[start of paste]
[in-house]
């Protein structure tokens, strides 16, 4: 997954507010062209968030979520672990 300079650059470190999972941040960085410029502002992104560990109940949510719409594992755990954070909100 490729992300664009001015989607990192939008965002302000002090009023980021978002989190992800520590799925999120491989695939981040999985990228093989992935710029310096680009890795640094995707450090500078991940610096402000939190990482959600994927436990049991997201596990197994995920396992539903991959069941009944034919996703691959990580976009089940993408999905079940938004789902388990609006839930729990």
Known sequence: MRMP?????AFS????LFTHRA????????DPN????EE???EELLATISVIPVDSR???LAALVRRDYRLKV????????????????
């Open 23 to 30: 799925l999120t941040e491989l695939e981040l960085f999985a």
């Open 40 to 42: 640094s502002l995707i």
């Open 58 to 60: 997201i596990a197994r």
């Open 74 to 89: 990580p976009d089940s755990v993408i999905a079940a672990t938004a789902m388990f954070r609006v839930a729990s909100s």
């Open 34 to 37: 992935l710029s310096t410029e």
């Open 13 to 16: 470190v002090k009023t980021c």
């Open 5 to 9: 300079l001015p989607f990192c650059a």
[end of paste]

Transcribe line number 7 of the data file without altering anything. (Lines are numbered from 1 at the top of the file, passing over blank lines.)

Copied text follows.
């Open 74 to 89: 990580p976009d089940s755990v993408i999905a079940a672990t938004a789902m388990f954070r609006v839930a729990s909100s």